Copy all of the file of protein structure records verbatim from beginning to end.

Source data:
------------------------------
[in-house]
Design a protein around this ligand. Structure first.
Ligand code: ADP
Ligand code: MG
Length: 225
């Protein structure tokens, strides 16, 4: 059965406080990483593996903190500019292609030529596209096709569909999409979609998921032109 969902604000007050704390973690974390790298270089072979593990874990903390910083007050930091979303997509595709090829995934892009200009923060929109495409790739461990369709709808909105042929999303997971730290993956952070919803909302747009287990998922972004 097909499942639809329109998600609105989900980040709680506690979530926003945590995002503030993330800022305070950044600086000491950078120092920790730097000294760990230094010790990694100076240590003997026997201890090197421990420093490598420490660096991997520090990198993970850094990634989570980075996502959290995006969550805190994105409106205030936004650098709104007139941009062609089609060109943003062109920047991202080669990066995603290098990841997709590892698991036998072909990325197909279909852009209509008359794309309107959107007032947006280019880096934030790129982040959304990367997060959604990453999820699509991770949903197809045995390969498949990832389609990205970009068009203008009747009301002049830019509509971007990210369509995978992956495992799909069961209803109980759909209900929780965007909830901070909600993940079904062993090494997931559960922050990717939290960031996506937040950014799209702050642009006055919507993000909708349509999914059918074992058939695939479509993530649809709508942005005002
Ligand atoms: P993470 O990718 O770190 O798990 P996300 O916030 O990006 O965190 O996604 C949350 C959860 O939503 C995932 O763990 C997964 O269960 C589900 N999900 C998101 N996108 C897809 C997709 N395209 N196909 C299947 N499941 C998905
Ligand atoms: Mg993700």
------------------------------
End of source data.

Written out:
[in-house]
Design a protein around this ligand. Structure first.
Ligand code: ADP
Ligand code: MG
Length: 225
């Protein structure tokens, strides 16, 4: 059965406080990483593996903190500019292609030529596209096709569909999409979609998921032109 969902604000007050704390973690974390790298270089072979593990874990903390910083007050930091979303997509595709090829995934892009200009923060929109495409790739461990369709709808909105042929999303997971730290993956952070919803909302747009287990998922972004 097909499942639809329109998600609105989900980040709680506690979530926003945590995002503030993330800022305070950044600086000491950078120092920790730097000294760990230094010790990694100076240590003997026997201890090197421990420093490598420490660096991997520090990198993970850094990634989570980075996502959290995006969550805190994105409106205030936004650098709104007139941009062609089609060109943003062109920047991202080669990066995603290098990841997709590892698991036998072909990325197909279909852009209509008359794309309107959107007032947006280019880096934030790129982040959304990367997060959604990453999820699509991770949903197809045995390969498949990832389609990205970009068009203008009747009301002049830019509509971007990210369509995978992956495992799909069961209803109980759909209900929780965007909830901070909600993940079904062993090494997931559960922050990717939290960031996506937040950014799209702050642009006055919507993000909708349509999914059918074992058939695939479509993530649809709508942005005002
Ligand atoms: P993470 O990718 O770190 O798990 P996300 O916030 O990006 O965190 O996604 C949350 C959860 O939503 C995932 O763990 C997964 O269960 C589900 N999900 C998101 N996108 C897809 C997709 N395209 N196909 C299947 N499941 C998905
Ligand atoms: Mg993700």